Ulna nerve entrapment

What is ulnar nerve entrapment?

Compression of the ulnar nerve at the level of the elbow is also known as Cubital Tunnel Syndrome. The ulnar nerve runs just behind the bony prominence on the inside of the elbow and is what people commonly think of as their “funny bone” when they knock this area. As the nerve crosses the elbow it passes through a tunnel and also a couple of other potential pinch points; this makes it vulnerable to the effects of any pressure or stretching.

As the floor of the cubital tunnel is bony, with very little cushioning tissue, direct external pressure or swelling around the elbow can compress the nerve against the bone. Prolonged periods of keeping the elbow bent can also cause stretching of the nerve, commonly this occurs without being aware of it when we’re asleep. In some patients, with movement of the elbow the nerve can slide forwards over the lip of the bony trough that forms the floor and sides of the tunnel; with this repeated flicking over the bone the nerve may become symptomatic.

Description of photo

What are the symptoms and signs? The ulnar nerve typically supplies the sensation to the little finger and half of the ring finger, as well a significant proportion of the muscles within the hand. The symptoms seen are related to the degree of irritation of the nerve; often initially they will be intermittent in nature and may only come on at night when the nerve has been stretched for a relatively long time. If the irritation has been there for some time, then symptoms may become constant and progress in severity. Classically people will experience pins and needles or tingling in the little-finger side of the hand. This may be associated with an aching discomfort to the little-finger side of the forearm. With continued irritation of the nerve, this may progress to numbness in the little and ring fingers and ultimately weakness of the hand.

How is ulnar nerve entrapment diagnosed?

The diagnosis of cubital tunnel syndrome can normally be made based on clinical assessment in the outpatient clinic. Nerve Conduction studies can be helpful to document the degree of pressure or damage to the nerve and guide prognosis for recovery following surgery. Occasionally an MRI (of the neck) may be recommended if it is suspected that a trapped nerve is masquerading as ulnar nerve irritation.

How is it treated?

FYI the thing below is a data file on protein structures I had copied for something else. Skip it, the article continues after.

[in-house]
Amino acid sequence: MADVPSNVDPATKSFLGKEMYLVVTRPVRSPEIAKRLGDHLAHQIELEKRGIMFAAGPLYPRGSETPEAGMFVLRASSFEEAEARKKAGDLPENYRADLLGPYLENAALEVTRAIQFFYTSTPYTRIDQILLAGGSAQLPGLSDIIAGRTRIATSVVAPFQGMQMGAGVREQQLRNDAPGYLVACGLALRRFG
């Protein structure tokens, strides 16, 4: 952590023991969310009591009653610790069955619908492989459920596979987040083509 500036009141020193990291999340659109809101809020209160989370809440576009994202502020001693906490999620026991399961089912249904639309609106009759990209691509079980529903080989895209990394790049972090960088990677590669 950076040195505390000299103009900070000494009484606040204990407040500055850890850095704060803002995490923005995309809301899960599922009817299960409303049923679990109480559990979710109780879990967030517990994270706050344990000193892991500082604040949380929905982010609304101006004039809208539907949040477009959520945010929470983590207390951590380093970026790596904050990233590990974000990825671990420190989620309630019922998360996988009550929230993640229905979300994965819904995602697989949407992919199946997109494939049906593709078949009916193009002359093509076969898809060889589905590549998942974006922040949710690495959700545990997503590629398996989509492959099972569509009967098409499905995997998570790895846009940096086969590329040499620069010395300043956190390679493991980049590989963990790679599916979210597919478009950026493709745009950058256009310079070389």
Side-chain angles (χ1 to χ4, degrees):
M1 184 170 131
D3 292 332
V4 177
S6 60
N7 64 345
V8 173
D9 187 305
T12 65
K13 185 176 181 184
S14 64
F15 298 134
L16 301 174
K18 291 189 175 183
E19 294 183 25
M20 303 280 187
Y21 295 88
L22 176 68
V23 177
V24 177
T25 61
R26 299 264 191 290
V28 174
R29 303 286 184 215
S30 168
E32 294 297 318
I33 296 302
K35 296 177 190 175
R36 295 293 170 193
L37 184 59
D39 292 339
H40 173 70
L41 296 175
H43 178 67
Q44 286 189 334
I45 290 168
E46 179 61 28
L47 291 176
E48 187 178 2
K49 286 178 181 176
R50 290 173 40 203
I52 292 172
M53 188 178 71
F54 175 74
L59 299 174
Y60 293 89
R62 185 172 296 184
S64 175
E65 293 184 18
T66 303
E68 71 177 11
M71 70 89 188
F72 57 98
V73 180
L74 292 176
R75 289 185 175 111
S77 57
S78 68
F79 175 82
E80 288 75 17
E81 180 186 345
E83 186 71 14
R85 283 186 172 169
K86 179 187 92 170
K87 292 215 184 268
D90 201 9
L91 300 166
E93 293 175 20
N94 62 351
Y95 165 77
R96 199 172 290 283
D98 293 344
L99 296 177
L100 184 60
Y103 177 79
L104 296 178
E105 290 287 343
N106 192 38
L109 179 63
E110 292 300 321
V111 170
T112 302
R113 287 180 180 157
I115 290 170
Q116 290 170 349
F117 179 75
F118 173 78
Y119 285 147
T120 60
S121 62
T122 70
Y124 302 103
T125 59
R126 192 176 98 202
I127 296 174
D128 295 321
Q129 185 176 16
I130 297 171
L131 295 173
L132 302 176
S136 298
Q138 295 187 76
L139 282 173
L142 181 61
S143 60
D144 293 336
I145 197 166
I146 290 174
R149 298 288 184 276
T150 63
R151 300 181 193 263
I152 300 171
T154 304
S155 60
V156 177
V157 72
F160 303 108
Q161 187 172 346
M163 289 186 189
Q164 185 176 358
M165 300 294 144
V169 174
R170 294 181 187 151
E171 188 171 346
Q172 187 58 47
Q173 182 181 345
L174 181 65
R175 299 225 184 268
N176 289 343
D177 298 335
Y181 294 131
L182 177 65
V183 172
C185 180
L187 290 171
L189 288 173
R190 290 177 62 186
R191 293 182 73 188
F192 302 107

Initial treatment is often simple activity modification to try and avoid prolonged periods of leaning on the elbow or having the elbow bent for a long time. Using a pillow or splint at night to avoid bending the elbow can be helpful.

Should these measures fail to improve symptoms, or should there be evidence of more significant pressure of the nerve, then surgery to decompress the nerve may be recommended. Decompression of the nerve is usually done under a general anaesthetic (asleep) as a day-case procedure.

At the time of surgery, all of the common pressure points on the nerve will be released and the stability of the nerve within the bony groove behind the elbow assessed. Should the nerve, following decompression, show signs of being unstable and jumping out of the groove, then the nerve will be moved forwards out of the groove to sit in front of the elbow. This is known as a transposition.

For patients with signs of more severe compression over a prolonged period of time, the nerve has the ability to recover for up to two years after surgery, but may not be able to completely do so.

Driving can be resumed whensafe and able to do so, for most people this will be one to two weeks following surgery.

What are the potential complications?

The risk of significant bleeding or infection is low following surgery. Swelling, discomfort and a degree of tenderness of the scar is to be expected in the first six to 12 weeks following surgery. The risk of damage to the main ulnar nerve or any significant branches is very rare. Occasionally one of the small branches to the skin on the inner aspect of the elbow may be affected leaving a permanent patch of numbness – this should not affect day-to-day activities with your arm. Some patients may experience residual symptoms, this is very much related to how much pressure the nerve is under prior to surgery, and occasionally symptoms may recur, but this is often many years down the line.


A big thank you to Simon and his team for their care, patience and perseverence looking after me through all stages of both shoulder and elbow surgery.